How do you pursue a strategy to get more long tail keywords to your site? It is easy – you make sure you use keyword ‘themes’ when you optimize your page. Don’t get hung up on just a single keyword, too narrowly defined. Don’t just use the one keyword, you use it plus all the other similar meaning keywords. You group your keywords into ‘themes’ and then you use lots of them in the content, tags, and links.
I read a nice article on the subject that explains well – it is recommended reading.
So maybe you have been trying to improve the SEO values of your website, and you now want to check to see if you are being effective. Or even better maybe you are paying someone else to do your SEO for you, and you want to get an unbiased status of how they are doing. What to do?
Some people simply open Google and do a search using their main keywords, to get a feel for how they are doing. But this is a bad idea since Google is giving you skewed results because your setting say you are living in Idaho. Doh! So you turn the location setting off, and now you get better search results, but then you can’t remember what your ranking was last time you checked.
So what you really need is a tool that will 1) check the keyword ranking for all the search keywords you need, and 2) keep a history of it all over time, showing you the trend lines.
But wait, there’s more! You also need to know something about your backlinks coming into your site. 1) How many do you have, 2) what are they, and 3) are the backlinks any good.
Anyways, the point I wanted to make is that you need a good SEO ranking tool – and I just happen to have one. The service is online so you can check your keywords any time of the day. And here is the price list for the service, click to get more information:
So which is better SEO for your website; getting more backlinks, or improving your page content? This is an issue I’ve been dealing with for some time now, and I think the evidence clearly shows that it is your page content that is most important. Google is increasingly downgrading the worth of backlinks, and I recently had another example that proves it.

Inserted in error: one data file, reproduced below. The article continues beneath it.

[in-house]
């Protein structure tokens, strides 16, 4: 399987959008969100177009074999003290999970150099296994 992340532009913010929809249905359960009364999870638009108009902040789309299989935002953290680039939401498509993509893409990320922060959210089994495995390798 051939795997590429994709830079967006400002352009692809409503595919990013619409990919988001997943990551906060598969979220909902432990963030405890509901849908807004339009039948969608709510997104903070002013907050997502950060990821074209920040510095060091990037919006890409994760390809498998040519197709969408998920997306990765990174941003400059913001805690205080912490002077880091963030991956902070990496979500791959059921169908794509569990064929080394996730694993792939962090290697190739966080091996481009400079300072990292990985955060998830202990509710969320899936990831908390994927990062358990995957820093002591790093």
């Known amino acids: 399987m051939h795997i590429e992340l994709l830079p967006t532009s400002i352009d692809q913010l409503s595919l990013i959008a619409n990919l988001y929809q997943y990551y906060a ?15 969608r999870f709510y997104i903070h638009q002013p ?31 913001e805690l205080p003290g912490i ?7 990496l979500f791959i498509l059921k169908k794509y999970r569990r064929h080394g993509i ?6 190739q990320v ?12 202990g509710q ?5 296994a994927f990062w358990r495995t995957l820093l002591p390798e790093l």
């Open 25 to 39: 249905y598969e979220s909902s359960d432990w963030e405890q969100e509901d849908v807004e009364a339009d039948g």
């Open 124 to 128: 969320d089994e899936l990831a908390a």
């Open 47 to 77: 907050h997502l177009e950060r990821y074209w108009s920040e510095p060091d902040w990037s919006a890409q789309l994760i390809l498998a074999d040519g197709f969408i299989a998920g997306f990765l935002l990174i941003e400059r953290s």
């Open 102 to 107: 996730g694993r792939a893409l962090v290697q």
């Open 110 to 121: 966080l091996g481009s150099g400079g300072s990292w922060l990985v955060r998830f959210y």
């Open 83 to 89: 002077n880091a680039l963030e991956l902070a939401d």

Specifically, I moved a large website (with over 500 web pages) into a content management system. I moved all the actual page content over from the old site to the new one – with the one big exception being that the number of pages was drastically reduced, down to about 125 web pages. There was a new marketing director who thought if we made fewer pages, the site might be easier to navigate for the user – which is a valid point.
But how did this effect the website’s SEO values? Why, for many of the keywords they dropped drastically, of course. Some of the main product pages remain strong, but many of the long tail keywords have fallen off the map. Without losing a single backlink to the site!
So this story reinforces my belief that it is your page content that needs to be addressed first when working on your site SEO. Because unless your site is optimized for a set of keywords – how can a search engine ever rank it well?
And no, I’m not saying backlinks are worthless – I’m just saying you need to ignore the whole backlink mantra until you get your house in order.
I still see lots of URLs having underscores, so thought I’d discuss that a little. Who cares, right? Well, Google cares, for one. If you use an underscore in your URL like this: www.mysite.com/my_best_post.html – then what Google will do is join the words together when it gets indexed “mybestpost”. On the other hand when you use dashes: www.mysite.com/my-best-post.html – then Google will consider the words separate and index them that way.
Both ways will work, as proven by so many old sites still using the underscores. But the dashes are definitely better for your SEO health, and every little bit helps.